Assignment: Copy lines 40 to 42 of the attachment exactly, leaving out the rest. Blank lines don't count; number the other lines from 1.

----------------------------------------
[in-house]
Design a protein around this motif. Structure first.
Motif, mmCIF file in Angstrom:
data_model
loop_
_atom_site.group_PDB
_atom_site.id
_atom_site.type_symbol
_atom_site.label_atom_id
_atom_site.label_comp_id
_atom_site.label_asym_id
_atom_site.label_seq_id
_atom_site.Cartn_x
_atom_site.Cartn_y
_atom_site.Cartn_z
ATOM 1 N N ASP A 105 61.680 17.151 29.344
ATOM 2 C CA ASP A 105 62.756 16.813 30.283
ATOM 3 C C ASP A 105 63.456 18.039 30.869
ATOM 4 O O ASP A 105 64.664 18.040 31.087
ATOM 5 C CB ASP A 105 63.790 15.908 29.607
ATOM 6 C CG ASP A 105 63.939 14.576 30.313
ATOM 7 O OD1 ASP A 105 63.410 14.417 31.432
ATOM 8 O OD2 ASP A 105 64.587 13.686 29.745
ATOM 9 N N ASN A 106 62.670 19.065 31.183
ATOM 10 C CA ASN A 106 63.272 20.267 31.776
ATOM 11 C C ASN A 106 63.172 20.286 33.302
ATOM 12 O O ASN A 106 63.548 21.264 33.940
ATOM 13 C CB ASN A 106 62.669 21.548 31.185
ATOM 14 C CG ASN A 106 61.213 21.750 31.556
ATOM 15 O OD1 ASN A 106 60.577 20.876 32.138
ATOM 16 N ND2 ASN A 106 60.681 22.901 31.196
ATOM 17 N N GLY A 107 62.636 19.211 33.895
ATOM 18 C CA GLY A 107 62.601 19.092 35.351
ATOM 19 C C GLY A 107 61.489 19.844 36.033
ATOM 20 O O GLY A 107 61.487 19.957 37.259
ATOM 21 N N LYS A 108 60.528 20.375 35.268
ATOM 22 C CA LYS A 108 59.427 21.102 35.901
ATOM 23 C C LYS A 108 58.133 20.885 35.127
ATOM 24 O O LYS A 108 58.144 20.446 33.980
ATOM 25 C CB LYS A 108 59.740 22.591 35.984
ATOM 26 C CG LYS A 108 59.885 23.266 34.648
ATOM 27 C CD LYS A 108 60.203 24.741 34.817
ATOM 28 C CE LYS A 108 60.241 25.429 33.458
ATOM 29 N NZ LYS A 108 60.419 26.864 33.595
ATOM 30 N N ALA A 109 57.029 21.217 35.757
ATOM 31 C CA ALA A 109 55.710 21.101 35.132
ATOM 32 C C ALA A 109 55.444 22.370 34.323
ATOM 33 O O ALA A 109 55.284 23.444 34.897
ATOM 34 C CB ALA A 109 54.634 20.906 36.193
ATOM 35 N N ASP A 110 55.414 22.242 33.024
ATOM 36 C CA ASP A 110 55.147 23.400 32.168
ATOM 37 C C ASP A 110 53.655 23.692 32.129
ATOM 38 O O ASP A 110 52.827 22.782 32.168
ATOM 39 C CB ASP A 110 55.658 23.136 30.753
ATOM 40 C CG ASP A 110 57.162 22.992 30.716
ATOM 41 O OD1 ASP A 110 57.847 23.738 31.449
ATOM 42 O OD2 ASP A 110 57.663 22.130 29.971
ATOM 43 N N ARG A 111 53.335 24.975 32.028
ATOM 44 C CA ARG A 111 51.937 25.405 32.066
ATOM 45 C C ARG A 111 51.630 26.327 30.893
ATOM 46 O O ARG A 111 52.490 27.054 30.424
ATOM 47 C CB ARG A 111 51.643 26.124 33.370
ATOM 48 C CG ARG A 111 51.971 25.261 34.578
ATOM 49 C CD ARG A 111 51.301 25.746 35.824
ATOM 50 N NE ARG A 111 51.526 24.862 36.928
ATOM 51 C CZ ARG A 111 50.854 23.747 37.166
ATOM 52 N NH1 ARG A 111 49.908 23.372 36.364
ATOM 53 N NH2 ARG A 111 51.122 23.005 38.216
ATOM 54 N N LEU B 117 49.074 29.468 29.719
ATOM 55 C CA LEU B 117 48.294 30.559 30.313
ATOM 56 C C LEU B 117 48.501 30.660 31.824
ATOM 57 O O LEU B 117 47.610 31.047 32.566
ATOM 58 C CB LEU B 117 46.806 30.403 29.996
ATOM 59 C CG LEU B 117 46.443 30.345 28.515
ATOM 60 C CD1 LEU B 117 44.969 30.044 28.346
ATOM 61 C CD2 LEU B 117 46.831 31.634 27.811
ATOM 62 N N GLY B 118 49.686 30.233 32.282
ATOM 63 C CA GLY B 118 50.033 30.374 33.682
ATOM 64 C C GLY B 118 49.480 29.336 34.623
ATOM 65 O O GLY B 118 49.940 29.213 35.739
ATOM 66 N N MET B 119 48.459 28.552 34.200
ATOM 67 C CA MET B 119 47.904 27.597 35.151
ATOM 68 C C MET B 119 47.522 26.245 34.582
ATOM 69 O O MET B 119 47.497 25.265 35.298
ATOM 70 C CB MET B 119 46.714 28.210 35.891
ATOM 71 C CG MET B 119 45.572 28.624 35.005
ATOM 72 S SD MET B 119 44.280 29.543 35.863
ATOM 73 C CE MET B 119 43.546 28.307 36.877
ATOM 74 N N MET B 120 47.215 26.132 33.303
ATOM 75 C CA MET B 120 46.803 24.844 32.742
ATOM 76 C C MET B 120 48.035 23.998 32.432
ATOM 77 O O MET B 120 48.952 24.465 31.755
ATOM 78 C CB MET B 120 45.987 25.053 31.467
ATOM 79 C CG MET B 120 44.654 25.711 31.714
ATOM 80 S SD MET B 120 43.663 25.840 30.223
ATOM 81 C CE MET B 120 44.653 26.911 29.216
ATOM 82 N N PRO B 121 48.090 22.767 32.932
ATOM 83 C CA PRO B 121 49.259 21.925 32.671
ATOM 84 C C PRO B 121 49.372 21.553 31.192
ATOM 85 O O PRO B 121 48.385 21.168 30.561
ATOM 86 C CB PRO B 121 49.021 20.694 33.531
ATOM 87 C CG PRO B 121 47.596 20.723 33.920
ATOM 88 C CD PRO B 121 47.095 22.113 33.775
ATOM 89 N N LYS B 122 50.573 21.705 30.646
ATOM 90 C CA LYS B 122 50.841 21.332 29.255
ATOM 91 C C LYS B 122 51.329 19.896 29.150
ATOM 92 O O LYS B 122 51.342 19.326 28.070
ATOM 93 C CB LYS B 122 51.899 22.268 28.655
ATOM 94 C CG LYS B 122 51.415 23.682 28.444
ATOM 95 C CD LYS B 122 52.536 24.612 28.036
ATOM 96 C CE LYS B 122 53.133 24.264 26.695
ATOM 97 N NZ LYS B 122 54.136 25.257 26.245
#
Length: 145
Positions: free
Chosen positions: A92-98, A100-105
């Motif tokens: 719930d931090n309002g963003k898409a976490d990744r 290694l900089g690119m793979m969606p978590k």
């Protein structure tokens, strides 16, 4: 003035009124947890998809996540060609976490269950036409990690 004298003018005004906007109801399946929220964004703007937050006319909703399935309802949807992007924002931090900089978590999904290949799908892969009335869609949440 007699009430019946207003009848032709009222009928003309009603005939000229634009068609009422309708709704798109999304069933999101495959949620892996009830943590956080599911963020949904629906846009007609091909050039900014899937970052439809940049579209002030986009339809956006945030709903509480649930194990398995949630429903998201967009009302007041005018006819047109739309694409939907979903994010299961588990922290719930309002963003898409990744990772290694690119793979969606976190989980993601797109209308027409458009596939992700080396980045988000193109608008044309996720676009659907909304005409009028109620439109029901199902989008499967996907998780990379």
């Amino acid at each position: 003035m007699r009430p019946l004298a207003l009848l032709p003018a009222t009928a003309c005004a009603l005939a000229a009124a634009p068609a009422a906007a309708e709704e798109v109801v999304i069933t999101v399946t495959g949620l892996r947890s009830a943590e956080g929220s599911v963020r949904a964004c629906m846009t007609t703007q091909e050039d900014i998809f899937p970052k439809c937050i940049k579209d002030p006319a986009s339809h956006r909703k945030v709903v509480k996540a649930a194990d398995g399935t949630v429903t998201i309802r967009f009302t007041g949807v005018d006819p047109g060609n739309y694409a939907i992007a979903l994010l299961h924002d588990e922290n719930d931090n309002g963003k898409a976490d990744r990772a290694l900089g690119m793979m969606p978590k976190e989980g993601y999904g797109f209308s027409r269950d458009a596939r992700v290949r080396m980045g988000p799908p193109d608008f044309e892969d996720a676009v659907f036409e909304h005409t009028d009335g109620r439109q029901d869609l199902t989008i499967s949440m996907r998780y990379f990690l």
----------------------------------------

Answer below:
ATOM 25 C CB LYS A 108 59.740 22.591 35.984
ATOM 26 C CG LYS A 108 59.885 23.266 34.648
ATOM 27 C CD LYS A 108 60.203 24.741 34.817